Working remotely from home, once considered a reward for diligent and faithful employees was now the way in which much of the American work force would navigate to their office.

Worshipers could not congregate in Churches, Synagogues or Mosques. Their only ability to join in communal prayer and connection was from their home watching a livestream on their computer or television.

This was the Summer of COVID and Labor Day, the traditional end of the summer season, will not bring an end to all of this.  It will extend into the holidays we celebrate in November and December.  And we may even be denied the pleasure of sports to distract us from our troubles.  It is uncertain what the fate of college and professional football will be.  The shortened baseball season may not even be able to complete its shortened schedule.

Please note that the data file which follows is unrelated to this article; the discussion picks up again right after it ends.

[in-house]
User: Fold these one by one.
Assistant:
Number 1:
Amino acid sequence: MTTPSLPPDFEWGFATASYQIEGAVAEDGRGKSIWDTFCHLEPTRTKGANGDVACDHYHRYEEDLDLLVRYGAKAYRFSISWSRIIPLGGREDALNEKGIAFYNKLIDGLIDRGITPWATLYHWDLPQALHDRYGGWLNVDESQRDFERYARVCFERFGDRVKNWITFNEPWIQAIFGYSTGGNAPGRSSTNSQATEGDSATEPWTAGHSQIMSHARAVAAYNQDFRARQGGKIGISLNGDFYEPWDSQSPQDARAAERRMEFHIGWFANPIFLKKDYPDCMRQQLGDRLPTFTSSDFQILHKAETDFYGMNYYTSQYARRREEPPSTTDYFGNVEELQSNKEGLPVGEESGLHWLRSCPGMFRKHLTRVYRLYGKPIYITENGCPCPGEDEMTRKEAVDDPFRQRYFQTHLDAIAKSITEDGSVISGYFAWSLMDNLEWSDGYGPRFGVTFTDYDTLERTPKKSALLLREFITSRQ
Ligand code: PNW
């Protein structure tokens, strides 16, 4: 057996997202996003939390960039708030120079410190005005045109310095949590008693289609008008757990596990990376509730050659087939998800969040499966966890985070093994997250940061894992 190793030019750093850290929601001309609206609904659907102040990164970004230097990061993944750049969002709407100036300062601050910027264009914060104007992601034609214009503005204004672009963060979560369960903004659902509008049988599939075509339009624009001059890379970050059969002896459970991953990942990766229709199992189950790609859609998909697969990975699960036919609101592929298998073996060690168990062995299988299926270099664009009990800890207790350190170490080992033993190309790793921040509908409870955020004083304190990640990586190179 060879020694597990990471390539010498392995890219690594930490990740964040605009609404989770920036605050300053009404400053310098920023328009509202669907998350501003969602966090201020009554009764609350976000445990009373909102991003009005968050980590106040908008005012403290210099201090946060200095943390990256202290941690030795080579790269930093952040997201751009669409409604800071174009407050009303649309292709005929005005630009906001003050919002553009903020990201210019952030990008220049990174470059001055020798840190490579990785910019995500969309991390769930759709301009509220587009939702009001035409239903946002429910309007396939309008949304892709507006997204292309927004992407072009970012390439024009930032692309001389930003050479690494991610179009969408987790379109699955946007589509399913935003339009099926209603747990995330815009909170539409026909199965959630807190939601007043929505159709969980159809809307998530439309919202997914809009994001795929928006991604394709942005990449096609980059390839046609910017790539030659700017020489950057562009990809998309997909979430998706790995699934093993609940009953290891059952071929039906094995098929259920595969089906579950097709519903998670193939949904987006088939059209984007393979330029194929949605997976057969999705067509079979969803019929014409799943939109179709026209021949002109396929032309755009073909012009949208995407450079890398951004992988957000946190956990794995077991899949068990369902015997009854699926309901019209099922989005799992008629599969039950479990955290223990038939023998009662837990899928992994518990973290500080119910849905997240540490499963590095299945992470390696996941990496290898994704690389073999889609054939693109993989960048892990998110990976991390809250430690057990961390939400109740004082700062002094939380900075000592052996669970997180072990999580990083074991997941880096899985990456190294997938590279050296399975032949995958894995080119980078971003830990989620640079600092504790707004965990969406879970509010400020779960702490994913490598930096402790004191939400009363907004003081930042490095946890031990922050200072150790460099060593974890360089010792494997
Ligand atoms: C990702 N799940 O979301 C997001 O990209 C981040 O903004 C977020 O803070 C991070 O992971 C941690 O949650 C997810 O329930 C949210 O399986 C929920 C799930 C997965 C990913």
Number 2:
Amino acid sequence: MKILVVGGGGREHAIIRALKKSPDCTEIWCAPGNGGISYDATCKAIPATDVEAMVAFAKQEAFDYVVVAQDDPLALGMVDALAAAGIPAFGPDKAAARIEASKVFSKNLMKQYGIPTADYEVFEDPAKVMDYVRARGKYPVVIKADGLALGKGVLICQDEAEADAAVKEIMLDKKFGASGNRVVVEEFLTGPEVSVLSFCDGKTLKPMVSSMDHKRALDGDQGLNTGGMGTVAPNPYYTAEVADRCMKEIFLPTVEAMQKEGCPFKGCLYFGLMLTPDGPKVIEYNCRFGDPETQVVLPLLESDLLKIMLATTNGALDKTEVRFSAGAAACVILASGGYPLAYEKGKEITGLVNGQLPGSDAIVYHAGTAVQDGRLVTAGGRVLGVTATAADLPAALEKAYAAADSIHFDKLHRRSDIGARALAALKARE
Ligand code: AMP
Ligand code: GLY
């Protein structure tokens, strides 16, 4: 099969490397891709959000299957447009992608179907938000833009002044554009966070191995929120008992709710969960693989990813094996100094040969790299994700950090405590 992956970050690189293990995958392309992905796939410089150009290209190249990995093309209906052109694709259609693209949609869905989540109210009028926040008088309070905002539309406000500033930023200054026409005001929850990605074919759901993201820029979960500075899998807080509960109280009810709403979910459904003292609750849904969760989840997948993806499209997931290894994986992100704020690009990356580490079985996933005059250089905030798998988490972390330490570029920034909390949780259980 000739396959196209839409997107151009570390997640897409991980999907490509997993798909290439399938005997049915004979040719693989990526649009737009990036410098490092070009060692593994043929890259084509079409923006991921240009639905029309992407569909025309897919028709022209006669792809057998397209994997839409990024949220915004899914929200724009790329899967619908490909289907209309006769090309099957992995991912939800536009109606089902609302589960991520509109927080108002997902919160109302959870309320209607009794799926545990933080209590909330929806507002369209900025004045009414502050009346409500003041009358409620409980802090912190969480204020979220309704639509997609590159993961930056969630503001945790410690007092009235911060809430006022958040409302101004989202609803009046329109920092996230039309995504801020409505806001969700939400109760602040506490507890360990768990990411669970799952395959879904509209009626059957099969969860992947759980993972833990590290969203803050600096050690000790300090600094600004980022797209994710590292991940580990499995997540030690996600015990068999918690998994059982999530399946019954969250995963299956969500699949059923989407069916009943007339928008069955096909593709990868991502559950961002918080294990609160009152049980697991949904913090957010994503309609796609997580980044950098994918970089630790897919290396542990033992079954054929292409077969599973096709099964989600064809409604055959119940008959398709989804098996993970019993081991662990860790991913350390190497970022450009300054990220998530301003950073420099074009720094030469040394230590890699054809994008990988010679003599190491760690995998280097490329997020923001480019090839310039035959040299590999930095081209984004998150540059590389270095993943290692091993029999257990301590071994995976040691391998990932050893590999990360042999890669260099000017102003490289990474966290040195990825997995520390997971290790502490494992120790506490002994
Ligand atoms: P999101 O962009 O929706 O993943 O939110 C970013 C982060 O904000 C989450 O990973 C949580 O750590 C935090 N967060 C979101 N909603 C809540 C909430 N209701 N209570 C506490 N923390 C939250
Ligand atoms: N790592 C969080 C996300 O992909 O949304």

These are the low lights of the Summer of COVID and my remembrances of how I spent my COVID summer vacation.  It was and continues to be a grim and worrisome time for all of us.  But the human spirit still has a way of fighting back against evil like the hoped-for vaccine that will eventually fight off COVID.

Despite all of the darkness in what should be the sunniest time of the year we still find ways to prevail.  We still find ways to be of help to our friends, family and neighbors.  We still find ways to make the best of terrible circumstances.  We still look out for ourselves and those we care about and even those unknown to us.  And most of us work hard to find ways from sinking into the depths of depression and self-pity for the losses and inconveniences we experience.  But sadly not all of us.